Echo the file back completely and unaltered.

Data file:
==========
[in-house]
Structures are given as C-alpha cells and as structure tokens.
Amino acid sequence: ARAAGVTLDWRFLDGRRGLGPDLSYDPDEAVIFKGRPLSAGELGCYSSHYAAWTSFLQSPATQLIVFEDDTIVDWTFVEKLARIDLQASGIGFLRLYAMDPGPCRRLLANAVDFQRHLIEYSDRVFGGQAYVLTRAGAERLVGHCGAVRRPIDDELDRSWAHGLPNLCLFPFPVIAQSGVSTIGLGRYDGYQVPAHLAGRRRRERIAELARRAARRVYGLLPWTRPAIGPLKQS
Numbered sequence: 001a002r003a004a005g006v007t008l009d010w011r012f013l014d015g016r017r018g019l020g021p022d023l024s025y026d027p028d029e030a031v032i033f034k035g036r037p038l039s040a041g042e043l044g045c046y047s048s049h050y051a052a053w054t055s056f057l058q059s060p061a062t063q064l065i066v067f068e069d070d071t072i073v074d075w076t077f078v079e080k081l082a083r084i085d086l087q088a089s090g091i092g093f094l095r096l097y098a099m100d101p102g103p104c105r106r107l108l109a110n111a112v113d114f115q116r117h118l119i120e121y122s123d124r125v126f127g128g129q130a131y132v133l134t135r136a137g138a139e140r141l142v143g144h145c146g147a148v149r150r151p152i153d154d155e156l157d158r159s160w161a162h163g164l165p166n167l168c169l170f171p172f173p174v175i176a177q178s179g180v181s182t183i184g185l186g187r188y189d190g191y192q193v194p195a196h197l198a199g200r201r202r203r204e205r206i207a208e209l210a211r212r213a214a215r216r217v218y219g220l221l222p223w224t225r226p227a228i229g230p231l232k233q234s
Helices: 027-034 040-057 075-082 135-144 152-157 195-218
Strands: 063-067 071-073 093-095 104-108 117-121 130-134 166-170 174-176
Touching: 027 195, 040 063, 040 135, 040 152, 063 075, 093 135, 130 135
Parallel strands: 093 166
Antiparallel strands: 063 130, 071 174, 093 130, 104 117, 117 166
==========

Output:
[in-house]
Structures are given as C-alpha cells and as structure tokens.
Amino acid sequence: ARAAGVTLDWRFLDGRRGLGPDLSYDPDEAVIFKGRPLSAGELGCYSSHYAAWTSFLQSPATQLIVFEDDTIVDWTFVEKLARIDLQASGIGFLRLYAMDPGPCRRLLANAVDFQRHLIEYSDRVFGGQAYVLTRAGAERLVGHCGAVRRPIDDELDRSWAHGLPNLCLFPFPVIAQSGVSTIGLGRYDGYQVPAHLAGRRRRERIAELARRAARRVYGLLPWTRPAIGPLKQS
Numbered sequence: 001a002r003a004a005g006v007t008l009d010w011r012f013l014d015g016r017r018g019l020g021p022d023l024s025y026d027p028d029e030a031v032i033f034k035g036r037p038l039s040a041g042e043l044g045c046y047s048s049h050y051a052a053w054t055s056f057l058q059s060p061a062t063q064l065i066v067f068e069d070d071t072i073v074d075w076t077f078v079e080k081l082a083r084i085d086l087q088a089s090g091i092g093f094l095r096l097y098a099m100d101p102g103p104c105r106r107l108l109a110n111a112v113d114f115q116r117h118l119i120e121y122s123d124r125v126f127g128g129q130a131y132v133l134t135r136a137g138a139e140r141l142v143g144h145c146g147a148v149r150r151p152i153d154d155e156l157d158r159s160w161a162h163g164l165p166n167l168c169l170f171p172f173p174v175i176a177q178s179g180v181s182t183i184g185l186g187r188y189d190g191y192q193v194p195a196h197l198a199g200r201r202r203r204e205r206i207a208e209l210a211r212r213a214a215r216r217v218y219g220l221l222p223w224t225r226p227a228i229g230p231l232k233q234s
Helices: 027-034 040-057 075-082 135-144 152-157 195-218
Strands: 063-067 071-073 093-095 104-108 117-121 130-134 166-170 174-176
Touching: 027 195, 040 063, 040 135, 040 152, 063 075, 093 135, 130 135
Parallel strands: 093 166
Antiparallel strands: 063 130, 071 174, 093 130, 104 117, 117 166